A SS draftee also could be in consideration at 3B, where there’s a fluid situation. Despite all logic, Keiboom seems likely to get another full shot there. The Natosphere thinks that he should have to beat out Alu for that job, but who knows whether the team will actually give Alu a shot. Most thought that House was drafted to ultimately be the 3B, but he pretty much lost 2022 due to a variety of injuries. Draftee Trey Lipscomb will already be ahead of him in the organization in the 3B pecking order. Lipscomb had one big college season, in a bandbox home stadium. He isn’t huge, though, and has played some SS, so he might also be a possibility to get a look at 2B. His initial stats at Fredericksburg (1 homer in 101 plate appearances) don’t show a lot of promise that his college power is going to carry over to the pros.


    2 Nov 22 at 1:35 pm

  9. With the offseason now officially launched, I hope Todd will have time to do his annual previews of Rule 5 protection deadline (11/15) and possible non-tenders (11/18). There are some very interesting decisions for the Nats on both fronts. Big names coming eligible for Rule 5 include first-round picks Rutledge and Denaburg. Here are the arb/non-tender eligible Nats, with projected pay from MLBTR:

    Carl Edwards Jr. (5.169): $1.6MM
    Luke Voit (4.169): $8.2MM
    Erick Fedde (4.099): $3.6MM
    Victor Robles (4.033): $2.5MM
    Tanner Rainey (3.127): $1.5MM
    Hunter Harvey (3.047): $1MM
    Victor Arano (3.022): $1MM
    Lane Thomas (3.014): $2.1MM
    Ildemaro Vargas (3.007): $1.1MM
    Kyle Finnegan (3.000): $2MM

    Voit seems like a hard no at that price. I’ve been lobbying for a Fedde non-tender for at least a couple of seasons. It would be surprising if they non-tender Robles, but there’s also no evidence that he’s going to become a viable MLB offensive player (wRC+ for the last three seasons: 66, 68, 64). Fedde and Robles may be covered by the Rizzo-never-admits-a-mistake policy, though, as may Rutledge and Denaburg (and explaining why Antuna is still on the 40-man).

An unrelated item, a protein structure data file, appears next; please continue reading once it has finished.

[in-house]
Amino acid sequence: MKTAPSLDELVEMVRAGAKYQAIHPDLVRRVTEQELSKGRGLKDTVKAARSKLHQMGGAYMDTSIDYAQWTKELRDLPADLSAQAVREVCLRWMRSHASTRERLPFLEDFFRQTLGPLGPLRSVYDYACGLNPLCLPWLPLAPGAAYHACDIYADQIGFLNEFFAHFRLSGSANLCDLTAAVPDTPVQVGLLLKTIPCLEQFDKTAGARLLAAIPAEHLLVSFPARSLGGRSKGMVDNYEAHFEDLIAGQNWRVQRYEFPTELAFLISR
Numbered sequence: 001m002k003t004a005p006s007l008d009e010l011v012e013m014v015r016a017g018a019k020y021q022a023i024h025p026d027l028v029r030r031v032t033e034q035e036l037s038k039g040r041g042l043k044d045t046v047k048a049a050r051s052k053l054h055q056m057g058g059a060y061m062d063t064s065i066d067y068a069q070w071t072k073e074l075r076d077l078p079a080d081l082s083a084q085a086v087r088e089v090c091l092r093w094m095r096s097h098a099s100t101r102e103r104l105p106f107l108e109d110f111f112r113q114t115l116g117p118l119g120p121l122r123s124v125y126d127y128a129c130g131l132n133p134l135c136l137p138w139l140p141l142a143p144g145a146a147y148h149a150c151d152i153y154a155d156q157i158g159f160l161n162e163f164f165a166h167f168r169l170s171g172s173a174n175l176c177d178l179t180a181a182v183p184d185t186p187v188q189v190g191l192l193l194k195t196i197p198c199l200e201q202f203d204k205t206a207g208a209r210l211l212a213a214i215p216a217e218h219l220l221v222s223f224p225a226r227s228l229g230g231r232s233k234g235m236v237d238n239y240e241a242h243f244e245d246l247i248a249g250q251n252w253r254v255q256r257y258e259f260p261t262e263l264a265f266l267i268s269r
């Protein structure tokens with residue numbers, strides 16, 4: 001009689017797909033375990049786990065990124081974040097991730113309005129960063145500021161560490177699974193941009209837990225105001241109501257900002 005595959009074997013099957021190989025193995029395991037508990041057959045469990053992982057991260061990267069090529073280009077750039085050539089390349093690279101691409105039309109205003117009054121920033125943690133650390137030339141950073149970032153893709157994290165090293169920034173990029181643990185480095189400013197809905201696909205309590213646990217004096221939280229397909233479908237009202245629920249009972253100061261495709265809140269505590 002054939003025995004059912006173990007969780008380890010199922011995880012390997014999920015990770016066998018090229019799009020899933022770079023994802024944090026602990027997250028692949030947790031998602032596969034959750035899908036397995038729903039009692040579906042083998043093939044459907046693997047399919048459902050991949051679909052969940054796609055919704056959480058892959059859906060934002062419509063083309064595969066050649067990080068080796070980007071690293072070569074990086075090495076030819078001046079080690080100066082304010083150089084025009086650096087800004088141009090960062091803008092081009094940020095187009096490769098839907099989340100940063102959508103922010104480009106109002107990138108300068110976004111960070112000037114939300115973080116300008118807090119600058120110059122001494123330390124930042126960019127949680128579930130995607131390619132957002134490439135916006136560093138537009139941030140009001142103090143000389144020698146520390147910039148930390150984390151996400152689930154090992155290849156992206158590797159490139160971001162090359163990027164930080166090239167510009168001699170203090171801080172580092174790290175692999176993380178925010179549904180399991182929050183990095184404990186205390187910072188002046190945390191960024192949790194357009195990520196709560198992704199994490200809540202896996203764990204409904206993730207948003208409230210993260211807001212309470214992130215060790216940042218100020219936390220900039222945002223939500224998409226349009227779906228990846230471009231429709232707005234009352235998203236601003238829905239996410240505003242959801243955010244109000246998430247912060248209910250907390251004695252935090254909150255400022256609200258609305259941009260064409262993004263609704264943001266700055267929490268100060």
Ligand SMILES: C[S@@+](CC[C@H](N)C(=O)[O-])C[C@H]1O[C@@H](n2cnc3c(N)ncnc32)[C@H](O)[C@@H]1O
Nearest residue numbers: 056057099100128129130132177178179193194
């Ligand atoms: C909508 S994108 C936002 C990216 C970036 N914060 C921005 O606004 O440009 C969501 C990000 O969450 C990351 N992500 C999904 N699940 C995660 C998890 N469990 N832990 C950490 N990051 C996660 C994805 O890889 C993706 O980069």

6 Nov 22 at 1:06 pm

  10. $100+ M and 5 yrs for Edwin Diaz????

    With Dan Snyder (perhaps) on the way out (mercifully), Steve Cohen appears to be filling the gap on overpaying for stuff. I don’t understand how even a person with just a casual knowledge of the last decade in baseball could think paying a relief pitcher that kind of money for that number of years is a good idea. Maybe Steve Cohen has infinite dollars, but I suspect having committed that money to Diaz is going to keep the Mets from spending more money on other (better, more important) players.


    7 Nov 22 at 10:40 am

  11. Yes, $20M a year for a reliever certainly sounds like “stupid money,” to use the Phillie term. Diaz does have a good track record of staying healthy, but still . . .

    In other news, what a radioactive HOF Contemporary Baseball Era ballot:

    It includes Bonds, Clemens, Schilling, and Palmeiro, along with the untainted McGriff, Murphy, Mattingly, and Belle.


    7 Nov 22 at 12:46 pm